How can you tell if your government is in good shape financially? That was a question a city manager put to Bill Rivenbark. Rivenbark is a former city official and University of North Carolina (UNC) professor who runs budget workshops for local officials. When he mentioned the query to two UNC colleagues, Dale Roenigk and Greg Allison, they agreed that, as Roenigk puts it, "a clean audit only tells you that you followed the rules of the audit. It doesn't tell you whether you're in good financial shape or bad."

The three decided to develop a dashboard that would give local governments a way to analyze the state of their finances. As Roenigk puts it, the idea was to "consolidate and organize financial information into concise and visual chunks so that elected and other public officials could think about what to do with the data."

It took them nearly four years, but localities in North Carolina now have such a tool. In an interview with the three professors, I asked how localities are using it and whether it's replicable for use in other states. Here are highlights from our conversation:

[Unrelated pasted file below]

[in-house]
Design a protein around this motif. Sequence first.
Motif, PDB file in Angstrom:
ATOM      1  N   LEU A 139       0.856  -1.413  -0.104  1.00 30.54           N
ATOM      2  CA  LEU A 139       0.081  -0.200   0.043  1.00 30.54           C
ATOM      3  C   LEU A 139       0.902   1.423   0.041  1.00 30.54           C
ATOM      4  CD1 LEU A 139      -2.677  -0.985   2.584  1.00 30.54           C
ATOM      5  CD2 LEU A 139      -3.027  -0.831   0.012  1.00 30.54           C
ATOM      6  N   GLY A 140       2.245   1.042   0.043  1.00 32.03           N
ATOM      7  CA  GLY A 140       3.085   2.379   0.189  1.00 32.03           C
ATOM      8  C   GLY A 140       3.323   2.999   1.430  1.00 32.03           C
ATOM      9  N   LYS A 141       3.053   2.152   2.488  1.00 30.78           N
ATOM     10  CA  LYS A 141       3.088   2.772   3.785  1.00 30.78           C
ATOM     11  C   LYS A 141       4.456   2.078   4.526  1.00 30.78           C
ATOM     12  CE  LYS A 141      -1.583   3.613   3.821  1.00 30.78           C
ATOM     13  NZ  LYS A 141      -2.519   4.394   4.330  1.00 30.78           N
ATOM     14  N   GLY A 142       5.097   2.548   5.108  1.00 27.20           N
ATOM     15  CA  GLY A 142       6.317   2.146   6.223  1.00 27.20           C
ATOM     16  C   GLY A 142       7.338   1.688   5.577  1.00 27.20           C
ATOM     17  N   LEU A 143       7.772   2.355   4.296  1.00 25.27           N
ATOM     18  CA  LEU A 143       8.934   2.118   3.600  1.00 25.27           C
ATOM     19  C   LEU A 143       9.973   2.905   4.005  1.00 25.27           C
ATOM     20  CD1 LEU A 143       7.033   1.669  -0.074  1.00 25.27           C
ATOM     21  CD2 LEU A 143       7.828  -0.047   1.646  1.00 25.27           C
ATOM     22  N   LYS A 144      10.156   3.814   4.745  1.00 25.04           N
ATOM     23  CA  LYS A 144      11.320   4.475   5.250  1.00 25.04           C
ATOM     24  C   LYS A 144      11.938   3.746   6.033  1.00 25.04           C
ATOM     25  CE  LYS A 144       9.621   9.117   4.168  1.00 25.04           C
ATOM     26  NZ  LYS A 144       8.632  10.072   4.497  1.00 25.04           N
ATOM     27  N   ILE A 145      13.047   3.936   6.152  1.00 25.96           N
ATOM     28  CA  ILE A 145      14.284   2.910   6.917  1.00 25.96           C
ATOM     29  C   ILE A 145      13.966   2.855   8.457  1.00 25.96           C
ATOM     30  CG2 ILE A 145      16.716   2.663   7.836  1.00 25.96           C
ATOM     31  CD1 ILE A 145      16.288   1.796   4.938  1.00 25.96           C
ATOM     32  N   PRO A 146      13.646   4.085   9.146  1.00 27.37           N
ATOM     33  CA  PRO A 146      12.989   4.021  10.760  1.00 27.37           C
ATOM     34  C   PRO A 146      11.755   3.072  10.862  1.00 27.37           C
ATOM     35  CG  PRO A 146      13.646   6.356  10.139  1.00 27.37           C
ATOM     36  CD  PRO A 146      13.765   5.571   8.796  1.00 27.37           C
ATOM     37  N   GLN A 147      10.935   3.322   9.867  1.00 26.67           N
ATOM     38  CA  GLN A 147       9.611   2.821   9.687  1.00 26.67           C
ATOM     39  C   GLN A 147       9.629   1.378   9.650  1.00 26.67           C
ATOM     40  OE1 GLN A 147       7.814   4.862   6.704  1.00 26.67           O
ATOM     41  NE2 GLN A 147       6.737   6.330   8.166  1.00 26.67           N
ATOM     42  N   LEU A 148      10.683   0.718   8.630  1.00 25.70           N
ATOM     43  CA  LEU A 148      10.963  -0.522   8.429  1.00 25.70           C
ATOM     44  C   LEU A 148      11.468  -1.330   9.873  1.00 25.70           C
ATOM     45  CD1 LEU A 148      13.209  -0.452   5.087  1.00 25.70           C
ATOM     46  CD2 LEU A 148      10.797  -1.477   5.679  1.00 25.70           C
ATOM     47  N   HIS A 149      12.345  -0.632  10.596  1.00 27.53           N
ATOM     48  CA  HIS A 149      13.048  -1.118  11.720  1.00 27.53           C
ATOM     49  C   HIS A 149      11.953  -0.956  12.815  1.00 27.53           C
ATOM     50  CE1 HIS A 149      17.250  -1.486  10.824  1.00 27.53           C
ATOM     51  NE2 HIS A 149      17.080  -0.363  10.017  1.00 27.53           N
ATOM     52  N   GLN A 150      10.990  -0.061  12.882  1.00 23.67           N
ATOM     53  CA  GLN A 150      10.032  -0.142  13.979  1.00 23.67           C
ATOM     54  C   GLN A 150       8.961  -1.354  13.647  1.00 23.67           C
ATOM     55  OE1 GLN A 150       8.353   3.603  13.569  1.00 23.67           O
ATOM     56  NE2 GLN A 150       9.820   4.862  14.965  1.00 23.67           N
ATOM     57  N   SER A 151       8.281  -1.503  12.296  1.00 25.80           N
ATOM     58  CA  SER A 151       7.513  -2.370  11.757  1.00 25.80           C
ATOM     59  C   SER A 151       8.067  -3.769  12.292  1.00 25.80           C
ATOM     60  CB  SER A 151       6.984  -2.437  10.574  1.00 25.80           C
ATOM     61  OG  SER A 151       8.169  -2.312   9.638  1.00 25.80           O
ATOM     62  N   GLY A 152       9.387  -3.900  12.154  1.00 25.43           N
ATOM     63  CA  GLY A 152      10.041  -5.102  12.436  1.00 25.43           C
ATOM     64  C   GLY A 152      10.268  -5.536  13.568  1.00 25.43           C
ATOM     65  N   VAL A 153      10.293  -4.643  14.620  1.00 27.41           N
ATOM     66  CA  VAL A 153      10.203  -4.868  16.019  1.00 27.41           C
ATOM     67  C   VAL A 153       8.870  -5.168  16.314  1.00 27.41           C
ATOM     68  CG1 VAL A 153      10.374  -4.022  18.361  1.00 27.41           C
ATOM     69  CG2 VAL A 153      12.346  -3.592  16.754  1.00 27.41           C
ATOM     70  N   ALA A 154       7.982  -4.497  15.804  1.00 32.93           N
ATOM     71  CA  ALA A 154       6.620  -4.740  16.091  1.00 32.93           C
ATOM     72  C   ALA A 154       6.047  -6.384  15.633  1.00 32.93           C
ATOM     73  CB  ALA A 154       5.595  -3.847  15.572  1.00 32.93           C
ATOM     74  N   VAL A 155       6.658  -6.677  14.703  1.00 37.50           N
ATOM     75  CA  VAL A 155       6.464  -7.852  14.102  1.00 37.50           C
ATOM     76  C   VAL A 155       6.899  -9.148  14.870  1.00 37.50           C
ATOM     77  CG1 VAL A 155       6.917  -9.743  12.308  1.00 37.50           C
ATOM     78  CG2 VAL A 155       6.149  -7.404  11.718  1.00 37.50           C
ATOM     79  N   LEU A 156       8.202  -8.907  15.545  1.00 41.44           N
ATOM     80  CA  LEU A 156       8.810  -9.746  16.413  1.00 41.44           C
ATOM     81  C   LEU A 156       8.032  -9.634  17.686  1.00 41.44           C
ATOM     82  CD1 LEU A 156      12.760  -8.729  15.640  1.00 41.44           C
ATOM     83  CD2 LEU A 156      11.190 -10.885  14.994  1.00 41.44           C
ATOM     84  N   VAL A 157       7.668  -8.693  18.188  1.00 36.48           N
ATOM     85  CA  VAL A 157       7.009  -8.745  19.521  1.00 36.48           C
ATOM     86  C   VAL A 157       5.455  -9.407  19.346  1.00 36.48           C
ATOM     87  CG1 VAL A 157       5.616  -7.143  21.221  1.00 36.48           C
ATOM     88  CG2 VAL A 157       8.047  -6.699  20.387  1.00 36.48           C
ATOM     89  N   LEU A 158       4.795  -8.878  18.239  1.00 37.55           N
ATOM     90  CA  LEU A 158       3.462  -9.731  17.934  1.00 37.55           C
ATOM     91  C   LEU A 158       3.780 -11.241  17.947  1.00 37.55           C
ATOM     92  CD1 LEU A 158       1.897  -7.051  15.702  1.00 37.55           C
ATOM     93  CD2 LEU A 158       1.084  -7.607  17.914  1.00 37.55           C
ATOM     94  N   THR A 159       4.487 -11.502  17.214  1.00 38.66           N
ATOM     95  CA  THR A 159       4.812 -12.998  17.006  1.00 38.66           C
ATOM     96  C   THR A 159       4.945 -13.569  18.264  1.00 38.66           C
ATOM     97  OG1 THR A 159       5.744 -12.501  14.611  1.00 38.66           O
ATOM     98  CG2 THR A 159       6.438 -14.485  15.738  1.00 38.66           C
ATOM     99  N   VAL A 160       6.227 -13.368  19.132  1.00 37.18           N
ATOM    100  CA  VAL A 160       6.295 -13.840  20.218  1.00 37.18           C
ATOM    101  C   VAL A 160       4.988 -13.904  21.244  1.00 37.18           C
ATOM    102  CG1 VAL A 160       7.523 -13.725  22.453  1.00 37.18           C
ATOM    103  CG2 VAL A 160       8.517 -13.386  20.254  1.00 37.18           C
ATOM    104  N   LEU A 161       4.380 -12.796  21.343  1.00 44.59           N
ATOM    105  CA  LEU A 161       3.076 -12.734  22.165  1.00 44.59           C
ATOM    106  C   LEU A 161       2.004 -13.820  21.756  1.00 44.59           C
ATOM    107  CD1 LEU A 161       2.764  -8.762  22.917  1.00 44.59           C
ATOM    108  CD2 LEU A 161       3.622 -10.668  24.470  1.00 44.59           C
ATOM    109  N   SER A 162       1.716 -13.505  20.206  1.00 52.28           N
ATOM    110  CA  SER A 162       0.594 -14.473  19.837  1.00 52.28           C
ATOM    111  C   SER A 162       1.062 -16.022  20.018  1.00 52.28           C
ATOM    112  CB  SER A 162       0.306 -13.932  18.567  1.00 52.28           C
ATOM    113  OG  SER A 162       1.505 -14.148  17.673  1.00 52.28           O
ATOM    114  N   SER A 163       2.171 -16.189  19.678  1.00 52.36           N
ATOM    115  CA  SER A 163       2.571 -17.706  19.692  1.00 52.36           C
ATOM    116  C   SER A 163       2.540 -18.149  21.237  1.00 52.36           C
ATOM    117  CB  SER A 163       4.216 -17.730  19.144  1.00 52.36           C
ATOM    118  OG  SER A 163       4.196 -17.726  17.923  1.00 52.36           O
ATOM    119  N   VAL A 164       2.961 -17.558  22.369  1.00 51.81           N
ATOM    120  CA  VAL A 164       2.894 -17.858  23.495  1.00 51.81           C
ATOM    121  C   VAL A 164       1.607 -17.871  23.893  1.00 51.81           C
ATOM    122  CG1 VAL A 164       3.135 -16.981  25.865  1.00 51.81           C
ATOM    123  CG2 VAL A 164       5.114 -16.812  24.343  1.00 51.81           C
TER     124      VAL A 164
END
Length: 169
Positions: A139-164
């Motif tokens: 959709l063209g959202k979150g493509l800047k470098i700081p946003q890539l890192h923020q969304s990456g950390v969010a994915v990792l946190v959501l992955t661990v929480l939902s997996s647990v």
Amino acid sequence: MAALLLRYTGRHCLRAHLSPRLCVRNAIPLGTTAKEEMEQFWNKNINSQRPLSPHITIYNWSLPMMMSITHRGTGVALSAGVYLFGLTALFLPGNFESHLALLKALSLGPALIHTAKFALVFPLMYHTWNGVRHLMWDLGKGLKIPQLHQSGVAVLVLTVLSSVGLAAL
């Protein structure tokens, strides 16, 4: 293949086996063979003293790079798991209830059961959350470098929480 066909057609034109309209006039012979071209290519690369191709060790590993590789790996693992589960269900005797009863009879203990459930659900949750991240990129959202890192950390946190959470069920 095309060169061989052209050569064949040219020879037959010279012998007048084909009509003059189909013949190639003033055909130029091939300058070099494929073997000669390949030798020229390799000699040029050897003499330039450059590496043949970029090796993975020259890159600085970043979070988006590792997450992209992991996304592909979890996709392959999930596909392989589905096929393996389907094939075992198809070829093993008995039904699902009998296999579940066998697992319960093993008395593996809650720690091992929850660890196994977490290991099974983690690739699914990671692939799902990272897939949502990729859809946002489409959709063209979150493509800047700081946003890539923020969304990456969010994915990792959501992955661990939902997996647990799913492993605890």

What was the problem you were solving?

Dale Roenigk: You may look at a balance sheet and see you have $10 million cash in the bank. But that doesn't tell you whether or not that's the right amount. If you're a small local government, that may be healthy. If you're Charlotte, you're not going to make payroll next week. The numbers are accurate but are you in the right financial shape to handle the systemic and unsystematic risks coming at you? The key is to create ratios that allow you to compare yourself over time and [to compare yourself] to other jurisdictions over time.

Greg Allison: The most recognized ratio in local government is fund balance as a percentage of expenditures, or how much of your total expenses for the entire year you have in savings at any point in time. If you have $10 million in your fund balance and your annual expenditures are $200 million a year, you divide 10 by 200 and that calculates out to 5 percent. If that's the case, we'd say, you should be very worried. But if you had $40 million in your fund balance, you're at 25 percent, and we'd say, you should feel comfortable.

DR: Here's another way to look at it. Let's say Greg's son comes home with a 75 on a test. If everyone else got 60, Greg's going to take his son out for dinner to celebrate. But if everyone else got 90, we're talking about hiring tutors. So it's a relative context that gives you some sense of whether you've got a good number or a bad number.

Once you developed the dashboard tool, how did you move forward?

DR: We had two to three beta sites and had some local governments implement them on a manual basis to make sure we were going down the right road. We also presented this information at conferences on budget and finance to make sure we weren't sitting in a vacuum putting a model together. We made changes based on the beta sites and feedback. But the utility of the model [came from working] with the state treasurer.

Tell me about the role the treasurer played.